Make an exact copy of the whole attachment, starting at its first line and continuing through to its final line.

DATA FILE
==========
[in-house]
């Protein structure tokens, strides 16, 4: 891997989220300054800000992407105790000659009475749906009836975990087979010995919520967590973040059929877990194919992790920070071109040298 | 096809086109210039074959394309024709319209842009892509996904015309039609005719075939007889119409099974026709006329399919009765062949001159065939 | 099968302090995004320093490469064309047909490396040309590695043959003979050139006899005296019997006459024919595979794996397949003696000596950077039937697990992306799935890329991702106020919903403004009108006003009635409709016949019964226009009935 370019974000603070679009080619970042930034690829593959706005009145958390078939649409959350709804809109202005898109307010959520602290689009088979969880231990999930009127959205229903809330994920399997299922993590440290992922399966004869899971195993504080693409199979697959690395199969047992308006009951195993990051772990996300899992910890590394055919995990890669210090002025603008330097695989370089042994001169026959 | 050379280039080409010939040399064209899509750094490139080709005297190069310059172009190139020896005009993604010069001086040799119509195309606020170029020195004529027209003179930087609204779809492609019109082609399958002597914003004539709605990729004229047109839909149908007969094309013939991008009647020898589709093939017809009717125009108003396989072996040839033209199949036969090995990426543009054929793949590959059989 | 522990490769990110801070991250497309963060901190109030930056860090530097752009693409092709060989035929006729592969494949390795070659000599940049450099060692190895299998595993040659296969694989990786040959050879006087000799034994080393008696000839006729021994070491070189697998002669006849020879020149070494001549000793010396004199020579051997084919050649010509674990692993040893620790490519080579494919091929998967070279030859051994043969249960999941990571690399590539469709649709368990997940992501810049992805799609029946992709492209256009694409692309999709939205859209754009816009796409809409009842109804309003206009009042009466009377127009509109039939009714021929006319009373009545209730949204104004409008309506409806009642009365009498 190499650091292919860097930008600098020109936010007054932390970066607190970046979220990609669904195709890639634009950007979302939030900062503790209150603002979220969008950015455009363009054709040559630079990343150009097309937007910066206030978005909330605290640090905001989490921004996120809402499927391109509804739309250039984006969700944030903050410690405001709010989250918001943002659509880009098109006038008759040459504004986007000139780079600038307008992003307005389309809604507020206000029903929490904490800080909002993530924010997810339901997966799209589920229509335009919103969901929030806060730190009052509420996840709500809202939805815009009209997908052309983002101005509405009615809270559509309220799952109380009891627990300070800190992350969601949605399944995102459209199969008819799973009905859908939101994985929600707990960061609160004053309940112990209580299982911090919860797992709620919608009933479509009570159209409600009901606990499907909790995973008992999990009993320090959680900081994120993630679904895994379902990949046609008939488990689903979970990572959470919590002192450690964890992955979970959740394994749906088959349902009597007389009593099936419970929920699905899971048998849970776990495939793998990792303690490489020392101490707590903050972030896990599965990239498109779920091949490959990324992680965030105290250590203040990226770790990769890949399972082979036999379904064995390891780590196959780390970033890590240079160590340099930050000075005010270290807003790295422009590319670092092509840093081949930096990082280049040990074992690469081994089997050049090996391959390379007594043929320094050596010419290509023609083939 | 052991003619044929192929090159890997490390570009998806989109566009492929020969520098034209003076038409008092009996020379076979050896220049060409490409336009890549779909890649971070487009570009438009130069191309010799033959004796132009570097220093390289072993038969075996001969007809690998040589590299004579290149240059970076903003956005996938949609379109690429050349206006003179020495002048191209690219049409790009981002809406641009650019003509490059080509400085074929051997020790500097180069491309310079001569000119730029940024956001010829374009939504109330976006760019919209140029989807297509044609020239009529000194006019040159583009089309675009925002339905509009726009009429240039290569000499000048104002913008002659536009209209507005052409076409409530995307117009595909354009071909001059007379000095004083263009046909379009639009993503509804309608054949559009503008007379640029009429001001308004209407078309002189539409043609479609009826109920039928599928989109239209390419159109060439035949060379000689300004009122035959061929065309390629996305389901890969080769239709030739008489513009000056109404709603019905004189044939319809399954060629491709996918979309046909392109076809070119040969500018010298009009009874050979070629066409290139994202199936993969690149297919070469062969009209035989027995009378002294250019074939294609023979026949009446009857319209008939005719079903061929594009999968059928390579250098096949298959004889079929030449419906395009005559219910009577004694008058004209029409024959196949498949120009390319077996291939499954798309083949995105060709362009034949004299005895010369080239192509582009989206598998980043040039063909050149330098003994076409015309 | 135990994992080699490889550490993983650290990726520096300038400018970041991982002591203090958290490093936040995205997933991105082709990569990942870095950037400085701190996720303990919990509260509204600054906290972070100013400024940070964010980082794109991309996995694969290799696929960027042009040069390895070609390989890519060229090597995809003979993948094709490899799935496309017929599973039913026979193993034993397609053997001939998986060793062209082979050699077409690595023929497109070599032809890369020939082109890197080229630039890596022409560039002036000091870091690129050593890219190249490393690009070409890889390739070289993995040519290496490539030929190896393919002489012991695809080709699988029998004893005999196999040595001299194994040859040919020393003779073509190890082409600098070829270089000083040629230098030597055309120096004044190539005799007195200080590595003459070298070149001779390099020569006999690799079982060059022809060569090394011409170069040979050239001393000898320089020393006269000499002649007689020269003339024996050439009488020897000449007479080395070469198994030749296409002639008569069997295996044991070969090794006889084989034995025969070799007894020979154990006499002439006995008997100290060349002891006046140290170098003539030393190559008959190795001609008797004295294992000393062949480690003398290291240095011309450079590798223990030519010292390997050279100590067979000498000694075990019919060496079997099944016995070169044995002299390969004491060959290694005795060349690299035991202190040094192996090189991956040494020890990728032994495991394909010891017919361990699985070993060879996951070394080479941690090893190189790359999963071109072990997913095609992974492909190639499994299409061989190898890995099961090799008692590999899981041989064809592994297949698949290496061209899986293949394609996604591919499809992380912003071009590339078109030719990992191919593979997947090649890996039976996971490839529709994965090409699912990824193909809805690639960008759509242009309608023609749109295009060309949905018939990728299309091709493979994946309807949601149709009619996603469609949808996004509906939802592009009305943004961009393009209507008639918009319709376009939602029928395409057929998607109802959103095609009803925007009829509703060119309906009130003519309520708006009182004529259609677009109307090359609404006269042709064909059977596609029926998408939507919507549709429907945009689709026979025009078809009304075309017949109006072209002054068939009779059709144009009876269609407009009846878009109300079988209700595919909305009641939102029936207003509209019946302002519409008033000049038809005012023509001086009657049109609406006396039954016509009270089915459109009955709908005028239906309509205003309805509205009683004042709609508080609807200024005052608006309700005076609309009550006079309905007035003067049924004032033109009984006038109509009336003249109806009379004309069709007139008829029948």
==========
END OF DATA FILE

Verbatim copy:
[in-house]
């Protein structure tokens, strides 16, 4: 891997989220300054800000992407105790000659009475749906009836975990087979010995919520967590973040059929877990194919992790920070071109040298 | 096809086109210039074959394309024709319209842009892509996904015309039609005719075939007889119409099974026709006329399919009765062949001159065939 | 099968302090995004320093490469064309047909490396040309590695043959003979050139006899005296019997006459024919595979794996397949003696000596950077039937697990992306799935890329991702106020919903403004009108006003009635409709016949019964226009009935 370019974000603070679009080619970042930034690829593959706005009145958390078939649409959350709804809109202005898109307010959520602290689009088979969880231990999930009127959205229903809330994920399997299922993590440290992922399966004869899971195993504080693409199979697959690395199969047992308006009951195993990051772990996300899992910890590394055919995990890669210090002025603008330097695989370089042994001169026959 | 050379280039080409010939040399064209899509750094490139080709005297190069310059172009190139020896005009993604010069001086040799119509195309606020170029020195004529027209003179930087609204779809492609019109082609399958002597914003004539709605990729004229047109839909149908007969094309013939991008009647020898589709093939017809009717125009108003396989072996040839033209199949036969090995990426543009054929793949590959059989 | 522990490769990110801070991250497309963060901190109030930056860090530097752009693409092709060989035929006729592969494949390795070659000599940049450099060692190895299998595993040659296969694989990786040959050879006087000799034994080393008696000839006729021994070491070189697998002669006849020879020149070494001549000793010396004199020579051997084919050649010509674990692993040893620790490519080579494919091929998967070279030859051994043969249960999941990571690399590539469709649709368990997940992501810049992805799609029946992709492209256009694409692309999709939205859209754009816009796409809409009842109804309003206009009042009466009377127009509109039939009714021929006319009373009545209730949204104004409008309506409806009642009365009498 190499650091292919860097930008600098020109936010007054932390970066607190970046979220990609669904195709890639634009950007979302939030900062503790209150603002979220969008950015455009363009054709040559630079990343150009097309937007910066206030978005909330605290640090905001989490921004996120809402499927391109509804739309250039984006969700944030903050410690405001709010989250918001943002659509880009098109006038008759040459504004986007000139780079600038307008992003307005389309809604507020206000029903929490904490800080909002993530924010997810339901997966799209589920229509335009919103969901929030806060730190009052509420996840709500809202939805815009009209997908052309983002101005509405009615809270559509309220799952109380009891627990300070800190992350969601949605399944995102459209199969008819799973009905859908939101994985929600707990960061609160004053309940112990209580299982911090919860797992709620919608009933479509009570159209409600009901606990499907909790995973008992999990009993320090959680900081994120993630679904895994379902990949046609008939488990689903979970990572959470919590002192450690964890992955979970959740394994749906088959349902009597007389009593099936419970929920699905899971048998849970776990495939793998990792303690490489020392101490707590903050972030896990599965990239498109779920091949490959990324992680965030105290250590203040990226770790990769890949399972082979036999379904064995390891780590196959780390970033890590240079160590340099930050000075005010270290807003790295422009590319670092092509840093081949930096990082280049040990074992690469081994089997050049090996391959390379007594043929320094050596010419290509023609083939 | 052991003619044929192929090159890997490390570009998806989109566009492929020969520098034209003076038409008092009996020379076979050896220049060409490409336009890549779909890649971070487009570009438009130069191309010799033959004796132009570097220093390289072993038969075996001969007809690998040589590299004579290149240059970076903003956005996938949609379109690429050349206006003179020495002048191209690219049409790009981002809406641009650019003509490059080509400085074929051997020790500097180069491309310079001569000119730029940024956001010829374009939504109330976006760019919209140029989807297509044609020239009529000194006019040159583009089309675009925002339905509009726009009429240039290569000499000048104002913008002659536009209209507005052409076409409530995307117009595909354009071909001059007379000095004083263009046909379009639009993503509804309608054949559009503008007379640029009429001001308004209407078309002189539409043609479609009826109920039928599928989109239209390419159109060439035949060379000689300004009122035959061929065309390629996305389901890969080769239709030739008489513009000056109404709603019905004189044939319809399954060629491709996918979309046909392109076809070119040969500018010298009009009874050979070629066409290139994202199936993969690149297919070469062969009209035989027995009378002294250019074939294609023979026949009446009857319209008939005719079903061929594009999968059928390579250098096949298959004889079929030449419906395009005559219910009577004694008058004209029409024959196949498949120009390319077996291939499954798309083949995105060709362009034949004299005895010369080239192509582009989206598998980043040039063909050149330098003994076409015309 | 135990994992080699490889550490993983650290990726520096300038400018970041991982002591203090958290490093936040995205997933991105082709990569990942870095950037400085701190996720303990919990509260509204600054906290972070100013400024940070964010980082794109991309996995694969290799696929960027042009040069390895070609390989890519060229090597995809003979993948094709490899799935496309017929599973039913026979193993034993397609053997001939998986060793062209082979050699077409690595023929497109070599032809890369020939082109890197080229630039890596022409560039002036000091870091690129050593890219190249490393690009070409890889390739070289993995040519290496490539030929190896393919002489012991695809080709699988029998004893005999196999040595001299194994040859040919020393003779073509190890082409600098070829270089000083040629230098030597055309120096004044190539005799007195200080590595003459070298070149001779390099020569006999690799079982060059022809060569090394011409170069040979050239001393000898320089020393006269000499002649007689020269003339024996050439009488020897000449007479080395070469198994030749296409002639008569069997295996044991070969090794006889084989034995025969070799007894020979154990006499002439006995008997100290060349002891006046140290170098003539030393190559008959190795001609008797004295294992000393062949480690003398290291240095011309450079590798223990030519010292390997050279100590067979000498000694075990019919060496079997099944016995070169044995002299390969004491060959290694005795060349690299035991202190040094192996090189991956040494020890990728032994495991394909010891017919361990699985070993060879996951070394080479941690090893190189790359999963071109072990997913095609992974492909190639499994299409061989190898890995099961090799008692590999899981041989064809592994297949698949290496061209899986293949394609996604591919499809992380912003071009590339078109030719990992191919593979997947090649890996039976996971490839529709994965090409699912990824193909809805690639960008759509242009309608023609749109295009060309949905018939990728299309091709493979994946309807949601149709009619996603469609949808996004509906939802592009009305943004961009393009209507008639918009319709376009939602029928395409057929998607109802959103095609009803925007009829509703060119309906009130003519309520708006009182004529259609677009109307090359609404006269042709064909059977596609029926998408939507919507549709429907945009689709026979025009078809009304075309017949109006072209002054068939009779059709144009009876269609407009009846878009109300079988209700595919909305009641939102029936207003509209019946302002519409008033000049038809005012023509001086009657049109609406006396039954016509009270089915459109009955709908005028239906309509205003309805509205009683004042709609508080609807200024005052608006309700005076609309009550006079309905007035003067049924004032033109009984006038109509009336003249109806009379004309069709007139008829029948």